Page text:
Master of Science in Clinical Psychology

The clinical psychology program provides the opportunity for the student to understand, evaluate, and counsel persons with psychological problems, and to draw upon community resources for assistance in working with these persons. During completion of the M.S. degree and approved internship, the student is provided the opportunity to administer psychological tests and use various techniques of counseling and psychotherapy, behavior therapy and biofeedback. Students who complete all requirements in the clinical area, and who become licensed, often work in psychiatric hospitals, in mental health centers, or with doctorate-level psychologists in private practice.

Students may complete a general program of study in clinical psychology or may choose one of two specializations. A specialization in neuropsychology is available for graduate students completing a clinical psychology emphasis. The clinical neuropsychology specialization is also available for students with a master's or doctoral degree who desire training in neuropsychology. The sequence of courses includes brain functioning and neuroanatomy, psychopharmacology, organic mental diseases, diagnosis and neuropsychological assessment. Upon completion of the 15 hour sequence, a certificate will be awarded.

The school psychology specialization provides the opportunity for the student to evaluate, counsel, prescribe and implement remedial procedures for students with behavioral, intellectual, and emotional problems. Because of the broad scope of this program, graduates may not be limited to employment in school settings. Many community mental health centers and other service centers employ graduates with school psychology training.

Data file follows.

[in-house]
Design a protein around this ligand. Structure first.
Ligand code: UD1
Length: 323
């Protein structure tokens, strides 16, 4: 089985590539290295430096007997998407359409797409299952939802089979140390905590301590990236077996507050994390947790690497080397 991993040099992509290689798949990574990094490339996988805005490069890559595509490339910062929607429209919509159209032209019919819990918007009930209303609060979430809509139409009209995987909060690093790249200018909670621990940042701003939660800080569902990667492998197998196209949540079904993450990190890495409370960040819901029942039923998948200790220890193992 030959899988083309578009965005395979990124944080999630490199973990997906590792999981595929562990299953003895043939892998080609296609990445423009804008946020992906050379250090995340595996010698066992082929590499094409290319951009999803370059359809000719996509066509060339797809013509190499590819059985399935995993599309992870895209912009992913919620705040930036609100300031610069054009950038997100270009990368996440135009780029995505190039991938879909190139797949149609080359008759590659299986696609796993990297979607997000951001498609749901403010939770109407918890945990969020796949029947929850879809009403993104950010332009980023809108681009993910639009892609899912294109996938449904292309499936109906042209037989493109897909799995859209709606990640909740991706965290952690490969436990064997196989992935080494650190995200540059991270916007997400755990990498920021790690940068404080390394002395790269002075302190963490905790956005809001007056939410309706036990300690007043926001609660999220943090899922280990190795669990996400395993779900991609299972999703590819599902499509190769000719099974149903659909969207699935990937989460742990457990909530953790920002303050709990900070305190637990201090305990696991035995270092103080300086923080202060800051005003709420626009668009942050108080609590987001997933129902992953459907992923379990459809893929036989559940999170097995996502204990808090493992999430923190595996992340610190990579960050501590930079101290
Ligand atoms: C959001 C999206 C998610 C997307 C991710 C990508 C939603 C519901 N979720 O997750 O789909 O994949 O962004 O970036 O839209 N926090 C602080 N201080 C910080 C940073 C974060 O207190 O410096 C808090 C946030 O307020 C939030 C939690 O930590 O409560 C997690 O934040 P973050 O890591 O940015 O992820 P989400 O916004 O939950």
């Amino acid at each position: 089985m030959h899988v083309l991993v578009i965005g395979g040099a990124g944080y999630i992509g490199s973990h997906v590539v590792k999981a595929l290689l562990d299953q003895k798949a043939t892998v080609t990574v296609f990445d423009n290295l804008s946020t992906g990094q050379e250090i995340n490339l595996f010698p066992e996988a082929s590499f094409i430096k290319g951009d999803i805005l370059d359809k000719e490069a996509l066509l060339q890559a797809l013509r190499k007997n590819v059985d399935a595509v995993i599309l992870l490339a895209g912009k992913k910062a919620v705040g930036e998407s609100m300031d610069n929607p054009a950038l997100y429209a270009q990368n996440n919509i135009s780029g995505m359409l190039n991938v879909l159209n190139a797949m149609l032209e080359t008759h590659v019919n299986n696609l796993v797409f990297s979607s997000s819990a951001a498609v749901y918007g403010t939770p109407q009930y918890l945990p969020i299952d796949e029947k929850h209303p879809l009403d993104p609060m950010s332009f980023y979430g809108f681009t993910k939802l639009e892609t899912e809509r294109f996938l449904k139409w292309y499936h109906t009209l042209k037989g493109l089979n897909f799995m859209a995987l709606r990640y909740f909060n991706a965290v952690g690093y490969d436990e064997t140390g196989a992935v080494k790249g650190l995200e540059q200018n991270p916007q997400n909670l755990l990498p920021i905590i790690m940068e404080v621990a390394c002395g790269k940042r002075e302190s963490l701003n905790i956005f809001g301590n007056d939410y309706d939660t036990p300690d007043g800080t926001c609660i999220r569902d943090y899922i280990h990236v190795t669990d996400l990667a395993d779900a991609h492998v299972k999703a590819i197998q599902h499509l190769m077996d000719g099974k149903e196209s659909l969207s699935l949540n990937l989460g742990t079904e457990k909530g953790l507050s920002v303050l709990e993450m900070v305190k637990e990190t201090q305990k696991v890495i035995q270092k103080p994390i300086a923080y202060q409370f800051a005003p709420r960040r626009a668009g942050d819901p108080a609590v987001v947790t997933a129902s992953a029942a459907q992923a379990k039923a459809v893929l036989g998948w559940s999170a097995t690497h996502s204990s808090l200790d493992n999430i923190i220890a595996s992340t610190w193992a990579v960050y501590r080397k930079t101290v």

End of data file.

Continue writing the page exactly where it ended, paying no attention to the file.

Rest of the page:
Students seeking admission to the clinical psychology degree programs should consult the psychology graduate advisor or should have completed the following undergraduate prerequisites: Introductory Psychology, Psychological Statistics and Laboratory, Experimental Psychology and Laboratory, Learning and Conditioning, Tests and Measurement, Physiological Psychology, and Abnormal Psychology. Additionally, students seeking the specialization Certificate in Clinical Neuropsychology, should complete Psychopharmacology.

The Master of Science in Clinical Psychology degree programs requires 60 credit hours of course work. The specialization in School Psychology in the Master of Science in Clinical Psychology degree program requires 66 credit hours of course work.

Certification and Licensure

The M.S. in Clinical Psychology can qualify students to take the licensing exam for certification as a Licensed Psychological Associate (L.P.A.) from the Texas State Board of Examiners of Psychologists. However, following consultation with the Senior Graduate Advisor in Psychology, substitutions in course work or modest additions of course work may qualify graduates also for the licensing exam to become a Professional Counselor (L.P.C.) through the Texas State Board of Examiners of Professional Counselors. For example, many M.S. alumni have the L.P.A. and the L.P.C. The L.P.C. requires 3000 hours of supervised practice after the completion of the master's degree.

Students who complete the School Psychology Specialization can qualify as a Licensed Specialist in School Psychology (L.S.S.P.) from the Texas State Board of Examiners of Psychologists, after passing the licensing exam. The L.S.S.P. requires a 1200-hour supervised internship in an educational setting.